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Relationship between Clinic and Ambulatory Blood-Pressure Measurements and Mortality

Banegas, JR; Ruilope, LM; de la Sierra, A; Vinyoles, E; Gorostidi, M; de la Cruz, JJ; Ruiz-Hurtado, G; ... Williams, B; + view all (2018) Relationship between Clinic and Ambulatory Blood-Pressure Measurements and Mortality. New England Journal of Medicine , 378 (16) pp. 1509-1520. 10.1056/NEJMoa1712231. Green open access

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Abstract

BACKGROUND: Evidence for the influence of ambulatory blood pressure on prognosis derives mainly from population-based studies and a few relatively small clinical investigations. This study examined the associations of blood pressure measured in the clinic (clinic blood pressure) and 24-hour ambulatory blood pressure with all-cause and cardiovascular mortality in a large cohort of patients in primary care. METHODS: We analyzed data from a registry-based, multicenter, national cohort that included 63,910 adults recruited from 2004 through 2014 in Spain. Clinic and 24-hour ambulatory blood-pressure data were examined in the following categories: sustained hypertension (elevated clinic and elevated 24-hour ambulatory blood pressure), “white-coat” hypertension (elevated clinic and normal 24-hour ambulatory blood pressure), masked hypertension (normal clinic and elevated 24-hour ambulatory blood pressure), and normotension (normal clinic and normal 24-hour ambulatory blood pressure). Analyses were conducted with Cox regression models, adjusted for clinic and 24-hour ambulatory blood pressures and for confounders. RESULTS: During a median follow-up of 4.7 years, 3808 patients died from any cause, and 1295 of these patients died from cardiovascular causes. In a model that included both 24-hour and clinic measurements, 24-hour systolic pressure was more strongly associated with all-cause mortality (hazard ratio, 1.58 per 1-SD increase in pressure; 95% confidence interval [CI], 1.56 to 1.60, after adjustment for clinic blood pressure) than the clinic systolic pressure (hazard ratio, 1.02; 95% CI, 1.00 to 1.04, after adjustment for 24-hour blood pressure). Corresponding hazard ratios per 1-SD increase in pressure were 1.55 (95% CI, 1.53 to 1.57, after adjustment for clinic and daytime blood pressures) for nighttime ambulatory systolic pressure and 1.54 (95% CI, 1.52 to 1.56, after adjustment for clinic and nighttime blood pressures) for daytime ambulatory systolic pressure. These relationships were consistent across subgroups of age, sex, and status with respect to obesity, diabetes, cardiovascular disease, and antihypertensive treatment. Masked hypertension was more strongly associated with all-cause mortality (hazard ratio, 2.83; 95% CI, 2.12 to 3.79) than sustained hypertension (hazard ratio, 1.80; 95% CI, 1.41 to 2.31) or white-coat hypertension (hazard ratio, 1.79; 95% CI, 1.38 to 2.32). Results for cardiovascular mortality were similar to those for all-cause mortality. CONCLUSIONS: Ambulatory blood-pressure measurements were a stronger predictor of all-cause and cardiovascular mortality than clinic blood-pressure measurements. White-coat hypertension was not benign, and masked hypertension was associated with a greater risk of death than sustained hypertension. (Funded by the Spanish Society of Hypertension and others.)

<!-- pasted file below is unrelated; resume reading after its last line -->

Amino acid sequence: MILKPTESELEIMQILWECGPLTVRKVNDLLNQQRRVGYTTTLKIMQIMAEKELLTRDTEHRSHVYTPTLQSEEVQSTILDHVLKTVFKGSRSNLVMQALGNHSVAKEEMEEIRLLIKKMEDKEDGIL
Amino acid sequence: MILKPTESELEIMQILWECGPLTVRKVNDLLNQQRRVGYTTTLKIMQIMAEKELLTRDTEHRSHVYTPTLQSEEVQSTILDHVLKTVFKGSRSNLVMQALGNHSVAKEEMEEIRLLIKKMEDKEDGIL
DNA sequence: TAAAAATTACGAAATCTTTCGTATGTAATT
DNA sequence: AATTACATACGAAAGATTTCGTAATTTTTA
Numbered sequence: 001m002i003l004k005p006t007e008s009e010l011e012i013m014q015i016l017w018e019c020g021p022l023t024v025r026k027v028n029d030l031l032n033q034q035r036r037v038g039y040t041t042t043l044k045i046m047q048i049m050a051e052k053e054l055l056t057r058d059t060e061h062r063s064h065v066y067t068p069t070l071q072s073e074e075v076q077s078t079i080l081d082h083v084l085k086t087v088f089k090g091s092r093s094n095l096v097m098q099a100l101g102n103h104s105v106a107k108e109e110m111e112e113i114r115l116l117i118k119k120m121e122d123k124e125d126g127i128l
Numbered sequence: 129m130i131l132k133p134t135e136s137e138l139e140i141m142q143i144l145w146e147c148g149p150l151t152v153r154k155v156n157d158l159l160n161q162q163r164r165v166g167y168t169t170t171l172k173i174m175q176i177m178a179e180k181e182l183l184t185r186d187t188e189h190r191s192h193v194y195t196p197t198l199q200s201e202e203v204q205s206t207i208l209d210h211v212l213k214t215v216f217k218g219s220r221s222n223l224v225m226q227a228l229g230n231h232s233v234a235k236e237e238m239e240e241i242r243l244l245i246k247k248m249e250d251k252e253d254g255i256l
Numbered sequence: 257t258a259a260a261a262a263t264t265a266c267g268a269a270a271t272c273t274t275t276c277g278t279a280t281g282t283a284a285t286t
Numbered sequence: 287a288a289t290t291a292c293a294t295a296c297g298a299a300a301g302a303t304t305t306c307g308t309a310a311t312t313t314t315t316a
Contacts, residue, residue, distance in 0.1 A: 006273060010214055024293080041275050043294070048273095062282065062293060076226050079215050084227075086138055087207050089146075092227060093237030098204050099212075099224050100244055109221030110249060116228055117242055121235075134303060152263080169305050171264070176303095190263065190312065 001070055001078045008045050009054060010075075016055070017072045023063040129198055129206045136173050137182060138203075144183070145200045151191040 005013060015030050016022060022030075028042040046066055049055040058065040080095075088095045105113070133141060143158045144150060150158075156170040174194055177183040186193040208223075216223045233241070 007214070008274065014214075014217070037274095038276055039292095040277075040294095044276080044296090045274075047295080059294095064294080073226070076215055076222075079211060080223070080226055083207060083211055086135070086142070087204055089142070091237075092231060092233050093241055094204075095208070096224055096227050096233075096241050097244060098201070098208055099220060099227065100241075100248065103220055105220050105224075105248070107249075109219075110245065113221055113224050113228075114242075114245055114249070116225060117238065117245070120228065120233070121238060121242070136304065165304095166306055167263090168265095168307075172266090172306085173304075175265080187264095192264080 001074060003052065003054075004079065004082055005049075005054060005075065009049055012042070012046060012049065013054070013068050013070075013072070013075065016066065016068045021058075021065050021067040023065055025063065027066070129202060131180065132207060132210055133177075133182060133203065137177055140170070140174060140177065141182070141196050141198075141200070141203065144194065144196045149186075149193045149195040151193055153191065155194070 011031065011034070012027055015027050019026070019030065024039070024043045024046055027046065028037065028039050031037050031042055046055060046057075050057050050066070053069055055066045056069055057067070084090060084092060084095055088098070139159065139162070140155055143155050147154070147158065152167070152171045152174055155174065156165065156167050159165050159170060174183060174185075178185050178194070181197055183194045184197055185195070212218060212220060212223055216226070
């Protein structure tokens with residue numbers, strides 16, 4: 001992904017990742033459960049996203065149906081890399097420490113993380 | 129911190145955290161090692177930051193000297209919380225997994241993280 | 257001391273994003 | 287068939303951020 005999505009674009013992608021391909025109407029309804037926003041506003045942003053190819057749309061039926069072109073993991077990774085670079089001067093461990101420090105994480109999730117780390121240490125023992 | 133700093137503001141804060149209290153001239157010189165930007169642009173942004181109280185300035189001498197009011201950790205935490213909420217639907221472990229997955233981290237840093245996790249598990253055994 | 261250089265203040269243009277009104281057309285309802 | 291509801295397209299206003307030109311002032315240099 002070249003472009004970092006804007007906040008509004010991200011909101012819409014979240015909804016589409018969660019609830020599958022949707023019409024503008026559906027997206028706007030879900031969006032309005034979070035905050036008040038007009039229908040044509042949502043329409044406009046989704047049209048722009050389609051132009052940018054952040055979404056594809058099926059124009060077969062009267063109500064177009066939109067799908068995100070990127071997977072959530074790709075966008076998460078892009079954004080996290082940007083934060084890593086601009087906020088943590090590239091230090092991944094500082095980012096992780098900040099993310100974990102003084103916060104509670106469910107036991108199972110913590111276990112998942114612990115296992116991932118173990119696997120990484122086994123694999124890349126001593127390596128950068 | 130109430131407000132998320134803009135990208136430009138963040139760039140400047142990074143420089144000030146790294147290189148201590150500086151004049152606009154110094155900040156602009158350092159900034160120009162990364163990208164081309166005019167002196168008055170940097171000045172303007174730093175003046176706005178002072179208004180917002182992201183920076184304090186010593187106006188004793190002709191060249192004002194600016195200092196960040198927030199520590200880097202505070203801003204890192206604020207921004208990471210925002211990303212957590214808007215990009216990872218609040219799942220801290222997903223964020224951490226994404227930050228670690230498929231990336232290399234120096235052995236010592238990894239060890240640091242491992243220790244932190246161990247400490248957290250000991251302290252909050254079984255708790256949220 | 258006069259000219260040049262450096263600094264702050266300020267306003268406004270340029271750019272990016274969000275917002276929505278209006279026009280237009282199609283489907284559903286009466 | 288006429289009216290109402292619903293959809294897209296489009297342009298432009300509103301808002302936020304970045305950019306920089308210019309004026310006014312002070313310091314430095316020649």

Type: Article
Title: Relationship between Clinic and Ambulatory Blood-Pressure Measurements and Mortality
Open access status: An open access version is available from UCL Discovery
DOI: 10.1056/NEJMoa1712231
Publisher version: http://dx.doi.org/10.1056/NEJMoa1712231
Language: English
Additional information: This version is the version of record. For information on re-use, please refer to the publisher’s terms and conditions.
Keywords: Science & Technology, Life Sciences & Biomedicine, Medicine, General & Internal, General & Internal Medicine, White-Coat Hypertension, Masked Hypertension, Cardiovascular Events, European-Society, Prognostic Value, International Database, Systolic Hypertension, Treated Hypertension, Older Patients, Follow-Up
UCL classification: UCL
UCL > Provost and Vice Provost Offices > School of Life and Medical Sciences
UCL > Provost and Vice Provost Offices > School of Life and Medical Sciences > Faculty of Population Health Sciences > Institute of Cardiovascular Science
UCL > Provost and Vice Provost Offices > School of Life and Medical Sciences > Faculty of Population Health Sciences > Institute of Cardiovascular Science > Population Science and Experimental Medicine
URI: https://discovery.ucl.ac.uk/id/eprint/10049114
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